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Why a married person may need powers of attorney

A power of attorney makes it possible for a person to have his or her wishes met while incapacitated. Nevada residents who create a power of attorney will draft such documents while they are still of sound mind. If a person is married, a spouse generally has the ability to make medical decisions for that individual. However, there may be situations in which the spouse is not able to do so.

This is when having a medical power of attorney can be important. Instead of the state or other entities deciding how to care for an individual, the power of attorney designates a trusted party to make those decisions. This designated party can be a family member, friend or anyone else an individual may trust to look out for his or her best interests while incapacitated.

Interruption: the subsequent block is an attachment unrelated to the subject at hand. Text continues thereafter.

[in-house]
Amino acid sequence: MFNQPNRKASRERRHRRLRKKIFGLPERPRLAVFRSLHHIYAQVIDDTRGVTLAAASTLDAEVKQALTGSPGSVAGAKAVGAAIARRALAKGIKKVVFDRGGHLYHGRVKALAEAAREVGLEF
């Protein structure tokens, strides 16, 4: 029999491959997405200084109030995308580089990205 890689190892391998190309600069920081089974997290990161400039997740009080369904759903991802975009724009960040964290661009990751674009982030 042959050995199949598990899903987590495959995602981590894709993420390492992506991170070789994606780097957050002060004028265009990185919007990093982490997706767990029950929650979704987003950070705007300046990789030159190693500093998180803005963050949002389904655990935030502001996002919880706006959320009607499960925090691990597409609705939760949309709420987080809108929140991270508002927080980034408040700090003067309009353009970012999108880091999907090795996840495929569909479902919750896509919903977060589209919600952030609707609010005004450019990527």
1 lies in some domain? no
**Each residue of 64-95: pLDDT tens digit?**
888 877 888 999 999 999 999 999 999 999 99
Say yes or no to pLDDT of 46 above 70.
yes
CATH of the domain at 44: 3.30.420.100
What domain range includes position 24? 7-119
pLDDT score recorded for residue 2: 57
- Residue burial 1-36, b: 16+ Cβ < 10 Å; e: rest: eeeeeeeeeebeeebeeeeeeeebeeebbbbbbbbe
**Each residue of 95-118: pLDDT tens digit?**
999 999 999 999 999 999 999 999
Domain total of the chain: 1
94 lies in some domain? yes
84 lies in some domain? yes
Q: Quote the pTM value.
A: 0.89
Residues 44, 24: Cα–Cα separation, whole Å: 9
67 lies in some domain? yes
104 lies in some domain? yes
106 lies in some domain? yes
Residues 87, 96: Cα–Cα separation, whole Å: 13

A financial power of attorney may also be useful when a person may be incapacitated. This document grants a trusted person or institution the ability to make decisions about how to pay bills or the right to access a personal account to pay them. It is important to point out that even a spouse may not be able to access personal accounts without prior authorization from the account holder.

Having financial and health care powers of attorney may make it easier for a person's wishes to be met. These documents may be as broad or as specific as a person wants them to be. They may also come with expiration dates or limited periods of time in which they may be valid. Those who are considering drawing up such a document may wish to have the help of an attorney.

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